When the selector switch 12 is actuated, the microcontroller 15 receives a respective input signal and enables a second set of accessory functions 17, namely the functionality of the HVAC controls, via the accessory switches 13. A second set of illumination elements 18 is activated for illuminating a second set of graphics 29. The second set of graphics 29 show graphical illustrations identifying the functionality of each respective accessory switch for the enabled second set of accessory functions 17. As a result of utilizing the reconfigurable accessory switches, the number of switches can be minimized, thus adding to the aesthetic appearance of the control panel in comparison to a control panel utilizing conventional switches with only single functionality which would require substantially twice the number of switches on the surface of the control panel.
In the preferred embodiment, the non-contact switches include control switches that utilize an electric field sensor to detect an object (e.g. finger) that disturbs the electric field. The object selectively displaced within the electric field changes the electric field thereby producing a potential variation within the electric field. The potential variation is associated with a user request to activate a vehicle accessory. Non-contact switches may be produced using field effect, piezoelectric, capacitive, or optical sensing technology.
The illumination elements for illuminating both the first set of graphics 19 and second set of graphics 21 may comprise a plurality of LEDs for illuminating a respective region of each graphic to identify the enabled associated accessory function. Either the graphic may be illuminated or the graphic may be painted with an opaque material such that an area surrounding the graphic will be highlighted. If the graphic elements of the first set of graphics 19 and the second set of graphics 29 are so close in proximity to one another that utilizing a respective LED to illuminate a respective graphic may undesirably illuminate a graphic proximal to the intended graphic, then light piping may be used to direct the illumination source to the intended graphic. In yet another preferred embodiment, electroluminescent lighting may be used to illuminate each respective set of graphics. It should be appreciated that various lighting schemes other than those described may be used individually or in combination with one another to illuminate a respective set of graphics.
Dependent upon the number of accessory switches that are required to provide controls for an enabled accessory (i.e., if there are more accessory switches than accessory functions for a respective accessory), then an unused accessory switch for a respective set of switch functions preferably will not illuminate when that accessory is enabled. For example, in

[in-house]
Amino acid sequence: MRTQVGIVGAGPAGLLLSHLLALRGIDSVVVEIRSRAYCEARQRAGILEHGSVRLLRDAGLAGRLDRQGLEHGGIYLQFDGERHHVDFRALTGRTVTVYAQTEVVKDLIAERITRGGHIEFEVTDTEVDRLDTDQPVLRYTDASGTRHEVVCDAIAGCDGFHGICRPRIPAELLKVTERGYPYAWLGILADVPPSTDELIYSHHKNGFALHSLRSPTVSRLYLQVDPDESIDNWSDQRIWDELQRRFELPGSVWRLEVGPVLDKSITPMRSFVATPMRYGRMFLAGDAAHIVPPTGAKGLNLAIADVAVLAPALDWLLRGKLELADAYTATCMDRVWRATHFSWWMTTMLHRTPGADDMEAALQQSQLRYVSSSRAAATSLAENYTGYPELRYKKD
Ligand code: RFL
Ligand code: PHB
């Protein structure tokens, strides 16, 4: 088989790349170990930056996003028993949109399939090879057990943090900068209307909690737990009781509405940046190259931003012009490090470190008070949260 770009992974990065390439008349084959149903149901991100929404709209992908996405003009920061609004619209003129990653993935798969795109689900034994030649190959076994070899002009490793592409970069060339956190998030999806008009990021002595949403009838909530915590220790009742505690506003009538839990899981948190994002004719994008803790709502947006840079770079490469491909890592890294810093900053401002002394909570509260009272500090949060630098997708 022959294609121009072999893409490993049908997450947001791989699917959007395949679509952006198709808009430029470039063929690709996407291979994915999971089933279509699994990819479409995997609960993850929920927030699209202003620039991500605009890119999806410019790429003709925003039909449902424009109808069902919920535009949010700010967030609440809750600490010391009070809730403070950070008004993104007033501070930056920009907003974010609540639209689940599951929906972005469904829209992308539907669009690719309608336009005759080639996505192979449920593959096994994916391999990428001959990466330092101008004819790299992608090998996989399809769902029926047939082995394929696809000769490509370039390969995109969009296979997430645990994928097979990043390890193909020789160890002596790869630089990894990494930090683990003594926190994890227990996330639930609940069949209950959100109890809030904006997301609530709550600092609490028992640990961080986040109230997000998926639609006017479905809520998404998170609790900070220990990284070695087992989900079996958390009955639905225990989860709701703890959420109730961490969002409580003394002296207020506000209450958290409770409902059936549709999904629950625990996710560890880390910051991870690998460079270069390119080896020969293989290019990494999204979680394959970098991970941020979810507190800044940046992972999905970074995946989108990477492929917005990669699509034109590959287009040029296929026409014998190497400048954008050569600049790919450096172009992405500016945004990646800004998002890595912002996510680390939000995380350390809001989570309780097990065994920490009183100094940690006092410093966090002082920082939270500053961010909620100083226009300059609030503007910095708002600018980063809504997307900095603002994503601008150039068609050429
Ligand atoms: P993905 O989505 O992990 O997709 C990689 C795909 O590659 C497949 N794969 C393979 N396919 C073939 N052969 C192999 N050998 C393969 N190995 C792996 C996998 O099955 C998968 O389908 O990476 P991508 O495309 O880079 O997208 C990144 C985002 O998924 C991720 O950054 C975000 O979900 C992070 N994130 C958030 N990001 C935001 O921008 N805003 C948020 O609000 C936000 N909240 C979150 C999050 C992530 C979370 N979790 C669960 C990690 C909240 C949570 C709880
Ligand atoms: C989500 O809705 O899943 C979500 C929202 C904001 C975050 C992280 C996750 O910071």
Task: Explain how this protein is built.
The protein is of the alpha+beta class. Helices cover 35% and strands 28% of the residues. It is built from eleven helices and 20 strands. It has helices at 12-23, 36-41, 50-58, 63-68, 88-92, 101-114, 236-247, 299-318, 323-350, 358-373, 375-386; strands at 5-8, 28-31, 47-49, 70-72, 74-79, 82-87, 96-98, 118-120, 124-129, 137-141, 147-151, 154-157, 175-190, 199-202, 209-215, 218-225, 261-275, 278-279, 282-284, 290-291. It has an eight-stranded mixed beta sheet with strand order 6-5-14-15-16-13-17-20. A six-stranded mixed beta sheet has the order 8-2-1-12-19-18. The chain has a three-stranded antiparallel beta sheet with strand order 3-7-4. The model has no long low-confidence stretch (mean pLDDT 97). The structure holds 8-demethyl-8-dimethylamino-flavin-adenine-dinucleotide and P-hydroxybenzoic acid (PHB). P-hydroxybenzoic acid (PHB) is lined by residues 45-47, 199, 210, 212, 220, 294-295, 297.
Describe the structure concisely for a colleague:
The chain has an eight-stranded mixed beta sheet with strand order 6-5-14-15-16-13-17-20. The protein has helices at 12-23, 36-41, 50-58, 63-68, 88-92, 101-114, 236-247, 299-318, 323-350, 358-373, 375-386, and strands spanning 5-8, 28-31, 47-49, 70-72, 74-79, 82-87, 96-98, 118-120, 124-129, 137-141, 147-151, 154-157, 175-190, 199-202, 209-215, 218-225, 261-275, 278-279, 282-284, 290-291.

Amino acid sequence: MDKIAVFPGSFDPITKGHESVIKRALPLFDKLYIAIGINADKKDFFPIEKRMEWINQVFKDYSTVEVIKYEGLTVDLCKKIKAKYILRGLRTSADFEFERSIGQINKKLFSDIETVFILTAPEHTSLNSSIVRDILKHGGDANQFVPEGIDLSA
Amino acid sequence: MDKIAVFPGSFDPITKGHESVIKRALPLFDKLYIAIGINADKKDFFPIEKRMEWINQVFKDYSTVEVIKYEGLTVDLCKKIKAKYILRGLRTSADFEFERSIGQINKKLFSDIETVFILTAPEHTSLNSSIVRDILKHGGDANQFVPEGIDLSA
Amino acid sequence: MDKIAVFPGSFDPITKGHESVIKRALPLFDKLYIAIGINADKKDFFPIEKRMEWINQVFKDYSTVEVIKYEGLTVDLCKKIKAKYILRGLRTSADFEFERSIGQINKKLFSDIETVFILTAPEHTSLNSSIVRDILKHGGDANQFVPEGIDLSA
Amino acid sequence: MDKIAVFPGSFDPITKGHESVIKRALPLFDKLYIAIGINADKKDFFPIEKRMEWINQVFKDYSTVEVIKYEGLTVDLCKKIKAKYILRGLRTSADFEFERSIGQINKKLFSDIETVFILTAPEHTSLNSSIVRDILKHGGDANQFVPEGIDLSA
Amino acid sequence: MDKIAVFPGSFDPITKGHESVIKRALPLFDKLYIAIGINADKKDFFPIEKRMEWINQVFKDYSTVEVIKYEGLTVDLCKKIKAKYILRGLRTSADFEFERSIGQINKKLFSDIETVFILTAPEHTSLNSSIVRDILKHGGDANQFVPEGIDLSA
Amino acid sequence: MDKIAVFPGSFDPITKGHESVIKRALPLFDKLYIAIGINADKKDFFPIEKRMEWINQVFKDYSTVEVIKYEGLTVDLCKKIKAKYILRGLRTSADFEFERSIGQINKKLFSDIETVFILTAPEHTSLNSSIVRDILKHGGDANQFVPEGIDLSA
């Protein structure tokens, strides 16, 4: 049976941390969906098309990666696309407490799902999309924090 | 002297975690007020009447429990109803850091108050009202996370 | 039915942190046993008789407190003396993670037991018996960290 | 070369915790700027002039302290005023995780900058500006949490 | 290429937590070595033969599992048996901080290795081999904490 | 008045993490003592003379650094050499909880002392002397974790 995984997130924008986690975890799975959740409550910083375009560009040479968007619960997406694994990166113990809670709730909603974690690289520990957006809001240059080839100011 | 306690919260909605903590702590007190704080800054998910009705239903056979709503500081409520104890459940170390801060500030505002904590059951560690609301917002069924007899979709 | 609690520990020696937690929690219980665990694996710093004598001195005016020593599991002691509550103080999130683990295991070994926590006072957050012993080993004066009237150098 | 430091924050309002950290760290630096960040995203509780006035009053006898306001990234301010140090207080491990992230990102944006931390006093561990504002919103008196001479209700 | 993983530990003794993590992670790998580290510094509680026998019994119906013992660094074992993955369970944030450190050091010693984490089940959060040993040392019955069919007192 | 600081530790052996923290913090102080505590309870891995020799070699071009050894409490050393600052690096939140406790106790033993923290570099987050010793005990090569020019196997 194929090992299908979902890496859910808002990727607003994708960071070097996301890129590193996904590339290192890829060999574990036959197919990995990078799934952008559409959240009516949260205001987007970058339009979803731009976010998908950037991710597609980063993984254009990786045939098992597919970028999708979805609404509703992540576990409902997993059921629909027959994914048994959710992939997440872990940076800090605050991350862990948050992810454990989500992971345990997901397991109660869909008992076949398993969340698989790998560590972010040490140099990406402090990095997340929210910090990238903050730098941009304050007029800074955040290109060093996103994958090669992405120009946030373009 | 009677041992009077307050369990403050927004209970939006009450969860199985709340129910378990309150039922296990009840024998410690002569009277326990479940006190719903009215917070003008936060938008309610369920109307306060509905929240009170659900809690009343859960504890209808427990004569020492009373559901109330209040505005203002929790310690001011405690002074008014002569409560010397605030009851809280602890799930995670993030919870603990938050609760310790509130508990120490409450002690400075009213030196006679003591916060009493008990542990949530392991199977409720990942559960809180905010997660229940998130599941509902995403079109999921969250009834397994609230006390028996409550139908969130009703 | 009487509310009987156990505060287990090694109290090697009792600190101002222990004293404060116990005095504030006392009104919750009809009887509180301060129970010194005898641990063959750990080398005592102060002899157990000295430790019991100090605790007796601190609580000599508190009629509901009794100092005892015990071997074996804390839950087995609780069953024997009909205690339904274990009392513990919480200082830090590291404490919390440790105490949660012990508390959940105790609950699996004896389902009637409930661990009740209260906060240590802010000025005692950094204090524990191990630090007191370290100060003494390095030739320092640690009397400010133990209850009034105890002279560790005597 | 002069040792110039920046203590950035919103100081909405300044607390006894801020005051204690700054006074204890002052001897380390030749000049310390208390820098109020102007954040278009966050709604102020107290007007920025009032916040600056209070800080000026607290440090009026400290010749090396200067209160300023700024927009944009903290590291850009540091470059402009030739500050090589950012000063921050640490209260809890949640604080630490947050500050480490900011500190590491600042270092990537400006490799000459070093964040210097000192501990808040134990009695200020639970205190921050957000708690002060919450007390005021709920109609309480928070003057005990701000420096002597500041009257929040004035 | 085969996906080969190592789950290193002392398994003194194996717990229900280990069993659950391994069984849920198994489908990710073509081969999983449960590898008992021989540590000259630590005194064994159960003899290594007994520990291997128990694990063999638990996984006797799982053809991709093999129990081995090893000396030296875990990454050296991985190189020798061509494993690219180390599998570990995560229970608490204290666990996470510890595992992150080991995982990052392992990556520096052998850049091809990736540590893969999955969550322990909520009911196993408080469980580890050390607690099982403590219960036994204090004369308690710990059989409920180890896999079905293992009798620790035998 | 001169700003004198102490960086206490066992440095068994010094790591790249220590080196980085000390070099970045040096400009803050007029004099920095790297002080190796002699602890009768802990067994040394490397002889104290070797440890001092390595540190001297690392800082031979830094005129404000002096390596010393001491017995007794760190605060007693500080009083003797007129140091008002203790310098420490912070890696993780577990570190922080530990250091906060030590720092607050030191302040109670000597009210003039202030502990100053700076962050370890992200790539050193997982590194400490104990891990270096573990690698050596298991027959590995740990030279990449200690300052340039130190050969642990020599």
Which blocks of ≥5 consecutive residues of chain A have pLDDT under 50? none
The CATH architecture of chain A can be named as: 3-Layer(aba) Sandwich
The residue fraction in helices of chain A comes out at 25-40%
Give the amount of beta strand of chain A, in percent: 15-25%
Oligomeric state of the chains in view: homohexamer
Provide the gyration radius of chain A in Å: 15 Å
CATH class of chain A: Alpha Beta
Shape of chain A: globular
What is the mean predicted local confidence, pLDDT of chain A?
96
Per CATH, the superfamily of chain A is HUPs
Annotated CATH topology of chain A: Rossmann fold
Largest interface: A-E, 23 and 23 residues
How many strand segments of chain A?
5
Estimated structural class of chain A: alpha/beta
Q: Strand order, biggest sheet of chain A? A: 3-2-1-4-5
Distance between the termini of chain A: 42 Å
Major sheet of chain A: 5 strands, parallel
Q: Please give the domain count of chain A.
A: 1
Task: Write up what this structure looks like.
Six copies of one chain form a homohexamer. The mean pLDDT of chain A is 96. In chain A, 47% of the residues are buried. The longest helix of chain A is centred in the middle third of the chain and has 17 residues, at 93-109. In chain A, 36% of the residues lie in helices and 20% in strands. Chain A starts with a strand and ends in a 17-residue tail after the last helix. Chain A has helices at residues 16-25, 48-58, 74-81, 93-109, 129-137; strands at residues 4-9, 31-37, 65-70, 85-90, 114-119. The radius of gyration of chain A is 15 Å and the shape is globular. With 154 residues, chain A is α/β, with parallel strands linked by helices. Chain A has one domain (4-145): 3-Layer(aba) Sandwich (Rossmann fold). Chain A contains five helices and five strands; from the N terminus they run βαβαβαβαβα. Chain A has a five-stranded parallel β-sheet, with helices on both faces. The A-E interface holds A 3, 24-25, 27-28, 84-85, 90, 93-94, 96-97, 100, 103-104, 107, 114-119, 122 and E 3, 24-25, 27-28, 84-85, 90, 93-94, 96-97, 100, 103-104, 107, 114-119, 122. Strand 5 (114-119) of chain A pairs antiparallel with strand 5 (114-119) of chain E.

To assist a user who is unfamiliar with vehicle accessory control system, upon energizing the vehicle accessory control system (e.g., engine start, key on, or accessory run) the microcontroller 15 (shown in
In step 38, a determination is made whether all respective selector switches and associated graphics were illuminated. If a determination is made in step 38 that other selector switches and associated graphics have yet to be illuminated, then a return is made to step 35. If a determination is made in step 38 that each of the respective selector switches and associated graphics have been illuminated then the learning program terminates in step 39 and all selector switches illuminate and their associated graphics remain non-illuminated until a respective selector switch is actuated. Alternatively, in step 39, if a respective accessory set of switch functions was enabled when the vehicle accessory system was last de-energized (e.g., engine off, accessory off, key off) then the vehicle accessory control system may default to that last activated accessory and the associated illumination switches are enabled and associated graphics are illuminated.
In step 45, a respective set of switches are enabled in response to an actuation of a respective selector switch for activating accessory functions of the selected accessory. In step 46, all respective selector switches other than the selector switch actuated is dimmed. In step 47, the respective set of graphics associated with the actuated selector switch is illuminated. Alternatively, the graphics illuminated in step 46 and 47 may be illuminated substantially simultaneously. It should also be noted that the dimming of a graphic or a set of graphics and the illumination of a next respective graphic or set of graphics may be performed substantially simultaneously.
In accordance with the provisions of the patent statutes, the principle and mode of operation of the present invention have been explained and illustrated in its preferred embodiment. However, it must be appreciated that the present invention can be practiced otherwise than as specifically explained and illustrated without departing from its spirit or scope.
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|U.S. Classification||340/438, 345/173, 340/815.4, 180/90, 700/17|
|Cooperative Classification||B60K37/06, B60K35/00, B60K2350/1024, B60K2350/1028, H01H2219/037, H01H2219/02, H01H13/83, H01H2219/012, H01H2219/016, H01H2239/05, B60K2350/1016, H01H2219/024|
|European Classification||B60K35/00, B60K37/06|
|Aug 10, 2004||AS||Assignment|
Owner name: LEAR CORPORATION, MICHIGAN
Free format text: ASSIGNMENT OF ASSIGNORS INTEREST;ASSIGNORS:BANTER, CHARLES B.;SCHMIDT, ROBERT M.;REEL/FRAME:015680/0123
Effective date: 20040806
|Jun 23, 2006||AS||Assignment|
Owner name: JPMORGAN CHASE BANK, N.A., AS GENERAL ADMINISTRATI
Free format text: SECURITY AGREEMENT;ASSIGNOR:LEAR CORPORATION;REEL/FRAME:017858/0719
Effective date: 20060425
|Oct 12, 2009||REMI||Maintenance fee reminder mailed|
|Mar 7, 2010||LAPS||Lapse for failure to pay maintenance fees|
|Apr 27, 2010||FP||Expired due to failure to pay maintenance fee|
Effective date: 20100307
|Apr 21, 2014||AS||Assignment|
Owner name: LEAR CORPORATION, MICHIGAN
Free format text: RELEASE BY SECURED PARTY;ASSIGNOR:JPMORGAN CHASE BANK, N.A.;REEL/FRAME:032722/0553
Effective date: 20100830
|Feb 5, 2016||AS||Assignment|
Owner name: LEAR CORPORATION, MICHIGAN
Free format text: RELEASE BY SECURED PARTY;ASSIGNOR:JPMORGAN CHASE BANK, N.A., AS AGENT;REEL/FRAME:037731/0918
Effective date: 20160104